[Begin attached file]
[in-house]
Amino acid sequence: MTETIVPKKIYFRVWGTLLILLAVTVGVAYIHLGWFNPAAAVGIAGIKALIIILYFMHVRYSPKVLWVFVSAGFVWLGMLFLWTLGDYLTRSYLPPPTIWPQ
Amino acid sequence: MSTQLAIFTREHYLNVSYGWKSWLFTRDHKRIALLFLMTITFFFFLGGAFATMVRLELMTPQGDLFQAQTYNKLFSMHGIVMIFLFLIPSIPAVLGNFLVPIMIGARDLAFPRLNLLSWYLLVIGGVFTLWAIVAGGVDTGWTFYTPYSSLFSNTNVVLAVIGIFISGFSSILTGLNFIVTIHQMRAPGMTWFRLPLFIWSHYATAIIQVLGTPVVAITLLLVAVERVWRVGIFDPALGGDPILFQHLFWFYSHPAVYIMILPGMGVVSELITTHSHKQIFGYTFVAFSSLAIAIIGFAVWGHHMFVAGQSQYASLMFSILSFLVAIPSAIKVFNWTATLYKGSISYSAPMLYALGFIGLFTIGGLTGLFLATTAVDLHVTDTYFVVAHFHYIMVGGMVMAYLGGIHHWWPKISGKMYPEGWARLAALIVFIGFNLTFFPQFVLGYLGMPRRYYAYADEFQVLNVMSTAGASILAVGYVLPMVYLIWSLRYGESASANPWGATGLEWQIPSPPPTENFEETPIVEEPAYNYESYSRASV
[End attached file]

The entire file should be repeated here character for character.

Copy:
[in-house]
Amino acid sequence: MTETIVPKKIYFRVWGTLLILLAVTVGVAYIHLGWFNPAAAVGIAGIKALIIILYFMHVRYSPKVLWVFVSAGFVWLGMLFLWTLGDYLTRSYLPPPTIWPQ
Amino acid sequence: MSTQLAIFTREHYLNVSYGWKSWLFTRDHKRIALLFLMTITFFFFLGGAFATMVRLELMTPQGDLFQAQTYNKLFSMHGIVMIFLFLIPSIPAVLGNFLVPIMIGARDLAFPRLNLLSWYLLVIGGVFTLWAIVAGGVDTGWTFYTPYSSLFSNTNVVLAVIGIFISGFSSILTGLNFIVTIHQMRAPGMTWFRLPLFIWSHYATAIIQVLGTPVVAITLLLVAVERVWRVGIFDPALGGDPILFQHLFWFYSHPAVYIMILPGMGVVSELITTHSHKQIFGYTFVAFSSLAIAIIGFAVWGHHMFVAGQSQYASLMFSILSFLVAIPSAIKVFNWTATLYKGSISYSAPMLYALGFIGLFTIGGLTGLFLATTAVDLHVTDTYFVVAHFHYIMVGGMVMAYLGGIHHWWPKISGKMYPEGWARLAALIVFIGFNLTFFPQFVLGYLGMPRRYYAYADEFQVLNVMSTAGASILAVGYVLPMVYLIWSLRYGESASANPWGATGLEWQIPSPPPTENFEETPIVEEPAYNYESYSRASV